With Arkan Hamed
BAGHDAD - In the wake of the Haditha massacre, reports of another atrocity
have surfaced in which U.S. troops killed two women in Samarra, and then attempted
to hide evidence of their responsibility.
Among the innumerable such cases people speak of, this one too has now come
According to an earlier account, Nabiha Nisaif Jassim, a 35-year-old mother
of two, was killed in firing along with her 57-year-old cousin Saliha Mohammed
Hassan on May 30 when they were being transported to Samarra General Hospital
for Nabiha to give birth.
What was not reported, according to an Iraqi human rights investigator who
spoke with IPS on condition of anonymity, was that both women were shot in the
back of the head by U.S. snipers.
"I investigated this incident myself, and both of these women were shot
from behind," said the investigator. "Nabiha's brains were splattered
on her brother who was driving the car, since she was in the back seat."
The U.S. military said soldiers fired on the car after it entered a "clearly
marked prohibited area near an observation post" after failing to stop
despite "repeated visual and auditory warnings." The U.S. military
said in a statement that "shots were fired to disable the vehicle."
The brother of the pregnant woman, Redam Nisaif Jassim, who was driving the
car, told IPS that he neither saw nor heard any warnings by the U.S. military.
Two men who witnessed the incident from a nearby home also said they saw no
signs of any warning.
"These kinds of killings by the Americans happen daily in Iraq,"
said Jassim, "They gave no warning to us before killing my cousin and sister.
Of course we know they have no respect for the lives of Iraqis."
The U.S. military claims the incident is being investigated.
The Haditha slaughter in which 24 Iraqis were killed is under investigation
for the incident itself, and further for the cover-up, since the initial report
given by the Marine Corps stated only that 15 civilian deaths were caused by
a roadside bomb and fighting with insurgents.
In this case too, all signs point to a cover-up. "The area where they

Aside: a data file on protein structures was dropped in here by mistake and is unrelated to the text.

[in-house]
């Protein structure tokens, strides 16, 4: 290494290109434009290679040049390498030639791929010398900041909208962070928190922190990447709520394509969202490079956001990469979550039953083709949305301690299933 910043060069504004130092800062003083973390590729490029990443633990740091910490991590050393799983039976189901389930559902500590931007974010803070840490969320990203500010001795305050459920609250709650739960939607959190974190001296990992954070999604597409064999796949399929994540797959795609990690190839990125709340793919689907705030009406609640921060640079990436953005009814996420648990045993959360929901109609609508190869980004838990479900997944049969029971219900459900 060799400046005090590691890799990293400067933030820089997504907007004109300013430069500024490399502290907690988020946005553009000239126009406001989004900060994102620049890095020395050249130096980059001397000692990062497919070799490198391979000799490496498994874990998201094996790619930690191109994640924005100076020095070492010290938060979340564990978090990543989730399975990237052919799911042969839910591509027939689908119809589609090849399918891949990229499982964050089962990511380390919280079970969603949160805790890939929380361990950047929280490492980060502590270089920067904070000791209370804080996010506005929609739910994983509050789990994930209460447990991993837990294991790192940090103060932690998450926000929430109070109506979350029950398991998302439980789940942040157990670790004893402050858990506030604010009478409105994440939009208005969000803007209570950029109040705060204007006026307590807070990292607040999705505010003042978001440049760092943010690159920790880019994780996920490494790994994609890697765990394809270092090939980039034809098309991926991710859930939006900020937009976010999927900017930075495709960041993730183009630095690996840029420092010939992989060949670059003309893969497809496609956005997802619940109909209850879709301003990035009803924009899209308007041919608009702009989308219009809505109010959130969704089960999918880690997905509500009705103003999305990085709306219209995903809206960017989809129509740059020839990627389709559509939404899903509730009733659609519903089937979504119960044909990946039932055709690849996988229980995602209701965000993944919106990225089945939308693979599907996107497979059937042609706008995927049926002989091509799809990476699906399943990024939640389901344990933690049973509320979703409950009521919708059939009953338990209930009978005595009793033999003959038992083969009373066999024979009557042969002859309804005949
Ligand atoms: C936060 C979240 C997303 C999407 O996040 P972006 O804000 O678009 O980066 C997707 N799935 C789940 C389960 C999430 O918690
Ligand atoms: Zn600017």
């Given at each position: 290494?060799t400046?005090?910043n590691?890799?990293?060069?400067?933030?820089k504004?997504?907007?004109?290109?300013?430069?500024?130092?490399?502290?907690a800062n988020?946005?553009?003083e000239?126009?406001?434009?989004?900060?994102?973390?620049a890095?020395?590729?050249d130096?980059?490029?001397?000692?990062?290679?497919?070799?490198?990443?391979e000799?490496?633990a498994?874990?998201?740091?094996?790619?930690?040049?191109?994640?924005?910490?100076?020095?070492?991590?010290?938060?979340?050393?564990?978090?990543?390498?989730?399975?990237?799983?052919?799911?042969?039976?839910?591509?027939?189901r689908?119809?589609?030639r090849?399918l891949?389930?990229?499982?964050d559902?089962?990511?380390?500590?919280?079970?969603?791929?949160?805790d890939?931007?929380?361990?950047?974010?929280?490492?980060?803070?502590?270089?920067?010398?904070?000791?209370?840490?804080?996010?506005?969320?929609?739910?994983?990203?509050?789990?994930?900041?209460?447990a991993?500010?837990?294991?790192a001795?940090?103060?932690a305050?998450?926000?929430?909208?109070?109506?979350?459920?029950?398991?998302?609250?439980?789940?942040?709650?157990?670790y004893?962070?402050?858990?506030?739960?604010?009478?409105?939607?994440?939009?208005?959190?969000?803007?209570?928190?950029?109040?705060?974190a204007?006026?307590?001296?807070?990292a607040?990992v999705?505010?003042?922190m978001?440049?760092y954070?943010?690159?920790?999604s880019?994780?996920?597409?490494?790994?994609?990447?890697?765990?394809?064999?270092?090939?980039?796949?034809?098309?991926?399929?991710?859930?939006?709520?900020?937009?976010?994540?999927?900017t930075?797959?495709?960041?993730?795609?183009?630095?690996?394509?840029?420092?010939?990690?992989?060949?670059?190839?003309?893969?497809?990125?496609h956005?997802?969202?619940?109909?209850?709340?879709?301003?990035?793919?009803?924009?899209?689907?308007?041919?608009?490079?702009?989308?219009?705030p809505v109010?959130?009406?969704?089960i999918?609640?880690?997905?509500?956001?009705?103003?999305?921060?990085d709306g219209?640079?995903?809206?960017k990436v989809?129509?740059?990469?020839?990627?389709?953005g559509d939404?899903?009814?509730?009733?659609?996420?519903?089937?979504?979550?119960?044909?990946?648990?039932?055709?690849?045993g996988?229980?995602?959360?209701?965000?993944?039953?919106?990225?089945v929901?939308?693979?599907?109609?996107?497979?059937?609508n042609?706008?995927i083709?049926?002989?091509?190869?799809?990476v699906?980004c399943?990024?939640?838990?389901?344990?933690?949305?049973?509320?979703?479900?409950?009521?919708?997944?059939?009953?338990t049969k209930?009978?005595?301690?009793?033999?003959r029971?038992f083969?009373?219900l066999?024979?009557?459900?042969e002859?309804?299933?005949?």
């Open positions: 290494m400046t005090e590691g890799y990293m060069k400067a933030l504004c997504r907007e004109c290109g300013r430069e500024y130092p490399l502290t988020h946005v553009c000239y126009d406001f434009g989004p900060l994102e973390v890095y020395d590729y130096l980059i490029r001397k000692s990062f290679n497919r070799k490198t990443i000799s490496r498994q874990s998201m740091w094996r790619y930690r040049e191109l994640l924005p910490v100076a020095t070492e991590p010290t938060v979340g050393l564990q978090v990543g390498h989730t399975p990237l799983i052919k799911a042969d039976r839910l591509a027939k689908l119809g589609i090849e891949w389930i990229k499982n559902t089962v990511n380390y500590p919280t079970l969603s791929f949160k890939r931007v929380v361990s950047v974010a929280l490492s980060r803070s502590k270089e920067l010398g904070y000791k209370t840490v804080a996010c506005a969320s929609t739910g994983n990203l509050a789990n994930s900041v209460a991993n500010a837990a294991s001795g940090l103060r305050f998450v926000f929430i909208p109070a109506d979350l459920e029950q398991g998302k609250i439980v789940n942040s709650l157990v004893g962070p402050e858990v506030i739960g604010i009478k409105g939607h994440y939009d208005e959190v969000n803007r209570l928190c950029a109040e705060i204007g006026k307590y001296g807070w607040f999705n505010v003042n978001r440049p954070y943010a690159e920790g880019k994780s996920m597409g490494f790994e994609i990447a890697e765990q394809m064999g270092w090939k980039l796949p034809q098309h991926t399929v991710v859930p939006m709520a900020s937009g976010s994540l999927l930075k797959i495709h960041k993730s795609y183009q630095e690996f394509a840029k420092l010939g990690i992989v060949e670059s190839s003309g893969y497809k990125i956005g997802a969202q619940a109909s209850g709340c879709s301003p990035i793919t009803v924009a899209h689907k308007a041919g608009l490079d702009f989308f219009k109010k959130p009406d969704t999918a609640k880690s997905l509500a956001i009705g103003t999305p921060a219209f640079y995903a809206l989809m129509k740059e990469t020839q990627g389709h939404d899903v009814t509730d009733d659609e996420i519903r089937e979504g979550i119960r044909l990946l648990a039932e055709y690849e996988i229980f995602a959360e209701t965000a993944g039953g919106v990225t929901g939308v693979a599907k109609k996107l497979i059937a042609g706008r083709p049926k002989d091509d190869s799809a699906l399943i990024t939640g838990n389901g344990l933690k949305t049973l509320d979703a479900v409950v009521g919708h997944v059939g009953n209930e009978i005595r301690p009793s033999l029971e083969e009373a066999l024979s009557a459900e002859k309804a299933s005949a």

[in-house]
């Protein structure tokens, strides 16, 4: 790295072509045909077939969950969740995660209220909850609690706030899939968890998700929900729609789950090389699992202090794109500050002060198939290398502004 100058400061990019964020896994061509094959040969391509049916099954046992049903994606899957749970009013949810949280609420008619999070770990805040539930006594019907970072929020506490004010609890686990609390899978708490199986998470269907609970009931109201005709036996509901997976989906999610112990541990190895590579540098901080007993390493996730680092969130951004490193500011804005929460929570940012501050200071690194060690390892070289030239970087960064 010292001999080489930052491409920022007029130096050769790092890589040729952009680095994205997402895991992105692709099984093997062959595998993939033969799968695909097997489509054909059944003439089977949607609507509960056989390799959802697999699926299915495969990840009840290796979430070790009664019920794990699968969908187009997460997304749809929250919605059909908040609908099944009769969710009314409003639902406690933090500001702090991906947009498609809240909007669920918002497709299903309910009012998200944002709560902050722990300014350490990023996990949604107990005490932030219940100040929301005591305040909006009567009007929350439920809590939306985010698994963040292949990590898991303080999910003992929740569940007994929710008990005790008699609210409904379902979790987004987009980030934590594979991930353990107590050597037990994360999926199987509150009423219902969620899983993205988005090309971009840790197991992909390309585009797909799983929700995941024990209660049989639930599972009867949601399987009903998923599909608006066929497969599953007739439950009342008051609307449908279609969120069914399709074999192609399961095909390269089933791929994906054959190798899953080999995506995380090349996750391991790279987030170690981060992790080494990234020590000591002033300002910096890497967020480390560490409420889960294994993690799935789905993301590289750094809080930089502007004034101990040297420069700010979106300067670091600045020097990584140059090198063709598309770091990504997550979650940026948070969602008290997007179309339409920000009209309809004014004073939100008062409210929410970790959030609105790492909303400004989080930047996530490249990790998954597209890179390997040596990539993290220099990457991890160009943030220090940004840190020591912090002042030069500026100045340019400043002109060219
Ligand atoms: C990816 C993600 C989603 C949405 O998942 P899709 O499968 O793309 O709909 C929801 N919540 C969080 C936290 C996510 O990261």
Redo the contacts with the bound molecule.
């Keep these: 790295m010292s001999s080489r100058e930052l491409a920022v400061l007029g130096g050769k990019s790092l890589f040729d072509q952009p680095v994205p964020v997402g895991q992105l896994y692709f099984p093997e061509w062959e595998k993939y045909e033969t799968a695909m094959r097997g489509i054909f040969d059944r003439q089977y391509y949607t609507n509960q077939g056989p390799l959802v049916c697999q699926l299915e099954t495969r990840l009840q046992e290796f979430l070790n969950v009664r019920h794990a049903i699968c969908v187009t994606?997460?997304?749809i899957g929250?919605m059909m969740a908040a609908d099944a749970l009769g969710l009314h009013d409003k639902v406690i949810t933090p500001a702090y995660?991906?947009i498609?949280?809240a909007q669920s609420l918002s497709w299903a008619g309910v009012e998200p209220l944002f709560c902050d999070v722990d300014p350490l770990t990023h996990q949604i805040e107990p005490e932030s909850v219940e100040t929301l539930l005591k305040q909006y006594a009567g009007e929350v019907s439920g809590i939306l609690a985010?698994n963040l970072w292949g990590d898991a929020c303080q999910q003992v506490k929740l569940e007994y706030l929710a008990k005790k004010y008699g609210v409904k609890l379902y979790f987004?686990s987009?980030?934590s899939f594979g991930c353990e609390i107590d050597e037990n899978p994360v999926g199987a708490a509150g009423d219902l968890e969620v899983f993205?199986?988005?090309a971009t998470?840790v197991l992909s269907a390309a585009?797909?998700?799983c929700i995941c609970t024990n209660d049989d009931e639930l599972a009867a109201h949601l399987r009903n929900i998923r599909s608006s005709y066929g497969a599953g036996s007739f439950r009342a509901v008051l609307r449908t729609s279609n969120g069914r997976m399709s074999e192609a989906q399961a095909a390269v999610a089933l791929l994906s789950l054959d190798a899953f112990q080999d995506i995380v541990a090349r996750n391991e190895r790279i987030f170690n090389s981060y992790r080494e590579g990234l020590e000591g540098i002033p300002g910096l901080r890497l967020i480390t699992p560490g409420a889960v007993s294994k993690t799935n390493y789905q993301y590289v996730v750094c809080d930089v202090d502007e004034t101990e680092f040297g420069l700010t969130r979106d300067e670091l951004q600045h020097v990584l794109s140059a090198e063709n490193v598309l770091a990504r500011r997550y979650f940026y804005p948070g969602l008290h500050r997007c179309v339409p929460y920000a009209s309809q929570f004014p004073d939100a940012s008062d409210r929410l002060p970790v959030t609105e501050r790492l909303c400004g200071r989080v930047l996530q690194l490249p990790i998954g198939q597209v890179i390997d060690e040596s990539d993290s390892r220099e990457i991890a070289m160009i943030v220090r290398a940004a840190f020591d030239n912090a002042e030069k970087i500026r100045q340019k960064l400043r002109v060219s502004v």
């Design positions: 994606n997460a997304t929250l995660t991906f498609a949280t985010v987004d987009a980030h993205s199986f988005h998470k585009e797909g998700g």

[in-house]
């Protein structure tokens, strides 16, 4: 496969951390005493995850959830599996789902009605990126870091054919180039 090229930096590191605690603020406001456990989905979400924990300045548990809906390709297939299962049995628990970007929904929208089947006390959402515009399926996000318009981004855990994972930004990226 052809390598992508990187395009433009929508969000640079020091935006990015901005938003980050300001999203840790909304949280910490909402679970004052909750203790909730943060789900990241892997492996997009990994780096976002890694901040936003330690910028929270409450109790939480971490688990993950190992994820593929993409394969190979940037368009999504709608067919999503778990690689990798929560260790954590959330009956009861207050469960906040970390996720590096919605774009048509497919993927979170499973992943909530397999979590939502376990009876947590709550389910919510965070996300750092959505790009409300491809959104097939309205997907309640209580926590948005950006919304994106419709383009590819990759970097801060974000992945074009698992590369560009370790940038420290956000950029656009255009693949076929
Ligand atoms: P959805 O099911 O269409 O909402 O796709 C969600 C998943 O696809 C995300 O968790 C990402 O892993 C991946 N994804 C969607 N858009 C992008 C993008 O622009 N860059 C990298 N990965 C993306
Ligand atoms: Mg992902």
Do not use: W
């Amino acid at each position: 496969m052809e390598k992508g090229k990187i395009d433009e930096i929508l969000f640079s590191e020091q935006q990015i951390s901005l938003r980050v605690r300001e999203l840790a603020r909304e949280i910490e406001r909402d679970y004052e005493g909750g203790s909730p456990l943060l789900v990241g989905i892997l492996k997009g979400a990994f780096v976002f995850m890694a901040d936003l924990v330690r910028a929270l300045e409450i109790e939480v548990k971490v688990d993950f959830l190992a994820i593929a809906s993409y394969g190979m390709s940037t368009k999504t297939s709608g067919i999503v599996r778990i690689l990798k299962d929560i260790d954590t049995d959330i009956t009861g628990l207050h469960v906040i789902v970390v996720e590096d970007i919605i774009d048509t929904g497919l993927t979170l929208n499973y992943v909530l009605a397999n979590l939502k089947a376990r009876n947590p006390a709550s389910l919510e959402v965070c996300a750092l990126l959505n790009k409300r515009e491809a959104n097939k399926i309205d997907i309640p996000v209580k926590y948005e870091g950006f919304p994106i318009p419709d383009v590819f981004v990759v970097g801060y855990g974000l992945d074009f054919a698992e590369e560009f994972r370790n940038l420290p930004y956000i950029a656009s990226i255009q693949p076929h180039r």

were killed by the Americans was completely unmarked," the human rights
investigator told IPS. A warning sign at the place was put up after the two
women were killed, he said.
Like the Haditha massacre, this incident too should be investigated both for
the killing and the cover-up, he said.
According to the investigator, the U.S. troops who killed the two women made
no attempt to assist them after the shooting.
The next day Redam Jassim was summoned to a local police station. "The
Americans offered me $5,000, and told me it wasn't compensation but because
of tradition," Jassim told IPS. The U.S. military pays usually $2,500 compensation
for killing an Iraqi. Jassim says he refused the payment.
The U.S. military recently announced in a Defense Department report provided
to Congress that it paid out $19 million in compensation to Iraqis last year
half of which paid out by Marines in al-Anbar province west of Baghdad.
The military claimed the amount was paid in 600 separate incidents, but it
is common knowledge in Iraq that the usual payout for a non-combat civilian
death is $2,500.
A payment of $19 million compensation at $2,500 a person would suggest such
killings in thousands.
Jassim told IPS and the human rights investigator that he was asked by the
Americans' translator to sign a paper written in English. The family and their
relatives live in a village called al-Muta'assim, a 40-minute drive from the
main hospital in Samarra.. Most people there, like the Jassims, neither speak
nor read English.
After he signed the paper, Jassim was offered $2,500 by U.S. soldiers, which
he again refused.
"It is clear the Americans tried to cheat him as well as cover up their
tracks at the same time," the investigator told IPS. "Like in Haditha,
this incident, along with so many others we cannot keep track of, requires a
truly independent investigation, rather than one by the U.S. military."
Phone calls and e-mails to the U.S. military spokesperson in Baghdad have not
(Inter Press Service)